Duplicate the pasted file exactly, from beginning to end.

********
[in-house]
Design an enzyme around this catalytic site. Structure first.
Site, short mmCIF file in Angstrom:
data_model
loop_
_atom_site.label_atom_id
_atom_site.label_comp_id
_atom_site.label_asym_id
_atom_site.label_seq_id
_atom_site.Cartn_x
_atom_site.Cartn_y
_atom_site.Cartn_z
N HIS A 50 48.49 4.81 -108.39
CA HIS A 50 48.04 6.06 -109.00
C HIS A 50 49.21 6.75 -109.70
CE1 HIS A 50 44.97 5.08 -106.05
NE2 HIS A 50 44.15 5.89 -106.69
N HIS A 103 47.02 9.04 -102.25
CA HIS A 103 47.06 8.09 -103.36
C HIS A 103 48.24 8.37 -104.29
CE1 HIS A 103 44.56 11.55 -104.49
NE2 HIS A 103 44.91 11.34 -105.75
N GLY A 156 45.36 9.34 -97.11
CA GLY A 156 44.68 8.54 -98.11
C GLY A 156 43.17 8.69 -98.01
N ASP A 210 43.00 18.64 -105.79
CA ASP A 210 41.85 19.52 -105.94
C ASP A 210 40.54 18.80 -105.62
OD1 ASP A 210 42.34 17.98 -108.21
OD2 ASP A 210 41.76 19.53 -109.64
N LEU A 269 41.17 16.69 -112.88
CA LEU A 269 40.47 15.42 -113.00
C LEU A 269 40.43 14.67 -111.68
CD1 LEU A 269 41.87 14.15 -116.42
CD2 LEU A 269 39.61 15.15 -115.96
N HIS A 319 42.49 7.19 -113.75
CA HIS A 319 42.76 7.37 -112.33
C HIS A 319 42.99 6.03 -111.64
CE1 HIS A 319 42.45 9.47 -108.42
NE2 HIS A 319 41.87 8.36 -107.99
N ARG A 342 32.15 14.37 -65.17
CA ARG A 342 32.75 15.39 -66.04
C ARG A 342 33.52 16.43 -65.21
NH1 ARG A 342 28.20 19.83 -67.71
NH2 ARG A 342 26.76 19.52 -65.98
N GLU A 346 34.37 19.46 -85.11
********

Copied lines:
[in-house]
Design an enzyme around this catalytic site. Structure first.
Site, short mmCIF file in Angstrom:
data_model
loop_
_atom_site.label_atom_id
_atom_site.label_comp_id
_atom_site.label_asym_id
_atom_site.label_seq_id
_atom_site.Cartn_x
_atom_site.Cartn_y
_atom_site.Cartn_z
N HIS A 50 48.49 4.81 -108.39
CA HIS A 50 48.04 6.06 -109.00
C HIS A 50 49.21 6.75 -109.70
CE1 HIS A 50 44.97 5.08 -106.05
NE2 HIS A 50 44.15 5.89 -106.69
N HIS A 103 47.02 9.04 -102.25
CA HIS A 103 47.06 8.09 -103.36
C HIS A 103 48.24 8.37 -104.29
CE1 HIS A 103 44.56 11.55 -104.49
NE2 HIS A 103 44.91 11.34 -105.75
N GLY A 156 45.36 9.34 -97.11
CA GLY A 156 44.68 8.54 -98.11
C GLY A 156 43.17 8.69 -98.01
N ASP A 210 43.00 18.64 -105.79
CA ASP A 210 41.85 19.52 -105.94
C ASP A 210 40.54 18.80 -105.62
OD1 ASP A 210 42.34 17.98 -108.21
OD2 ASP A 210 41.76 19.53 -109.64
N LEU A 269 41.17 16.69 -112.88
CA LEU A 269 40.47 15.42 -113.00
C LEU A 269 40.43 14.67 -111.68
CD1 LEU A 269 41.87 14.15 -116.42
CD2 LEU A 269 39.61 15.15 -115.96
N HIS A 319 42.49 7.19 -113.75
CA HIS A 319 42.76 7.37 -112.33
C HIS A 319 42.99 6.03 -111.64
CE1 HIS A 319 42.45 9.47 -108.42
NE2 HIS A 319 41.87 8.36 -107.99
N ARG A 342 32.15 14.37 -65.17
CA ARG A 342 32.75 15.39 -66.04
C ARG A 342 33.52 16.43 -65.21
NH1 ARG A 342 28.20 19.83 -67.71
NH2 ARG A 342 26.76 19.52 -65.98
N GLU A 346 34.37 19.46 -85.11